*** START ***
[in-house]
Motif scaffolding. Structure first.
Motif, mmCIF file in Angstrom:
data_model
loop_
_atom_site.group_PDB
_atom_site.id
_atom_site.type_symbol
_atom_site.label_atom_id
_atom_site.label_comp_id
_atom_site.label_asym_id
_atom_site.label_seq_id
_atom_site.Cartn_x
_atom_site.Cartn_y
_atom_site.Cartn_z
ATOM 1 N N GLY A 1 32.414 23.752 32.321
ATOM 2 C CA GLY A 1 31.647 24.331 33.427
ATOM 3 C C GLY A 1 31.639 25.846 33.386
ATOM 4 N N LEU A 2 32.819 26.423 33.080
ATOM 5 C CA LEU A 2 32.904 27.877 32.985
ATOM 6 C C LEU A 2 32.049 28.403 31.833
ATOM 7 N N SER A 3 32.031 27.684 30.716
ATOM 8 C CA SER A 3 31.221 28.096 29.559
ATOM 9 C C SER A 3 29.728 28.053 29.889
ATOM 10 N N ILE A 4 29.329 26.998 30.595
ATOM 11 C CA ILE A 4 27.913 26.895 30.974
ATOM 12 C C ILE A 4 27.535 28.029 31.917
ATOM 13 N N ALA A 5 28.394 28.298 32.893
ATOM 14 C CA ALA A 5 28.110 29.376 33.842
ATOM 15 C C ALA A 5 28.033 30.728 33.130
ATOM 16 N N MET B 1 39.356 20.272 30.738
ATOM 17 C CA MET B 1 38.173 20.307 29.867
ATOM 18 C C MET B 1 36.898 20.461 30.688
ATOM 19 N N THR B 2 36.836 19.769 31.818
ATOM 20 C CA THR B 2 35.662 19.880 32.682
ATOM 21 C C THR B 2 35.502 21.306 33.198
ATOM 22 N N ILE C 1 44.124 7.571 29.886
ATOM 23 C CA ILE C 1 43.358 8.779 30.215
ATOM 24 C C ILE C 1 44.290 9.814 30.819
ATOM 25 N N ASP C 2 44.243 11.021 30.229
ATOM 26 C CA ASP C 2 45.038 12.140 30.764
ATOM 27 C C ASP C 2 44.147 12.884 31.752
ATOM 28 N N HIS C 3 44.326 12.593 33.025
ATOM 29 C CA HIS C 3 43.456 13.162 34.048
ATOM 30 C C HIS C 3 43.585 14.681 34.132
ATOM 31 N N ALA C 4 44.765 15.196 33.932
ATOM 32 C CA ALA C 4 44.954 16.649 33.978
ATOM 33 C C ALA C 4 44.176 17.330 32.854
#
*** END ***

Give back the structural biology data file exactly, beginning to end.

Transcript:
[in-house]
Motif scaffolding. Structure first.
Motif, mmCIF file in Angstrom:
data_model
loop_
_atom_site.group_PDB
_atom_site.id
_atom_site.type_symbol
_atom_site.label_atom_id
_atom_site.label_comp_id
_atom_site.label_asym_id
_atom_site.label_seq_id
_atom_site.Cartn_x
_atom_site.Cartn_y
_atom_site.Cartn_z
ATOM 1 N N GLY A 1 32.414 23.752 32.321
ATOM 2 C CA GLY A 1 31.647 24.331 33.427
ATOM 3 C C GLY A 1 31.639 25.846 33.386
ATOM 4 N N LEU A 2 32.819 26.423 33.080
ATOM 5 C CA LEU A 2 32.904 27.877 32.985
ATOM 6 C C LEU A 2 32.049 28.403 31.833
ATOM 7 N N SER A 3 32.031 27.684 30.716
ATOM 8 C CA SER A 3 31.221 28.096 29.559
ATOM 9 C C SER A 3 29.728 28.053 29.889
ATOM 10 N N ILE A 4 29.329 26.998 30.595
ATOM 11 C CA ILE A 4 27.913 26.895 30.974
ATOM 12 C C ILE A 4 27.535 28.029 31.917
ATOM 13 N N ALA A 5 28.394 28.298 32.893
ATOM 14 C CA ALA A 5 28.110 29.376 33.842
ATOM 15 C C ALA A 5 28.033 30.728 33.130
ATOM 16 N N MET B 1 39.356 20.272 30.738
ATOM 17 C CA MET B 1 38.173 20.307 29.867
ATOM 18 C C MET B 1 36.898 20.461 30.688
ATOM 19 N N THR B 2 36.836 19.769 31.818
ATOM 20 C CA THR B 2 35.662 19.880 32.682
ATOM 21 C C THR B 2 35.502 21.306 33.198
ATOM 22 N N ILE C 1 44.124 7.571 29.886
ATOM 23 C CA ILE C 1 43.358 8.779 30.215
ATOM 24 C C ILE C 1 44.290 9.814 30.819
ATOM 25 N N ASP C 2 44.243 11.021 30.229
ATOM 26 C CA ASP C 2 45.038 12.140 30.764
ATOM 27 C C ASP C 2 44.147 12.884 31.752
ATOM 28 N N HIS C 3 44.326 12.593 33.025
ATOM 29 C CA HIS C 3 43.456 13.162 34.048
ATOM 30 C C HIS C 3 43.585 14.681 34.132
ATOM 31 N N ALA C 4 44.765 15.196 33.932
ATOM 32 C CA ALA C 4 44.954 16.649 33.978
ATOM 33 C C ALA C 4 44.176 17.330 32.854
#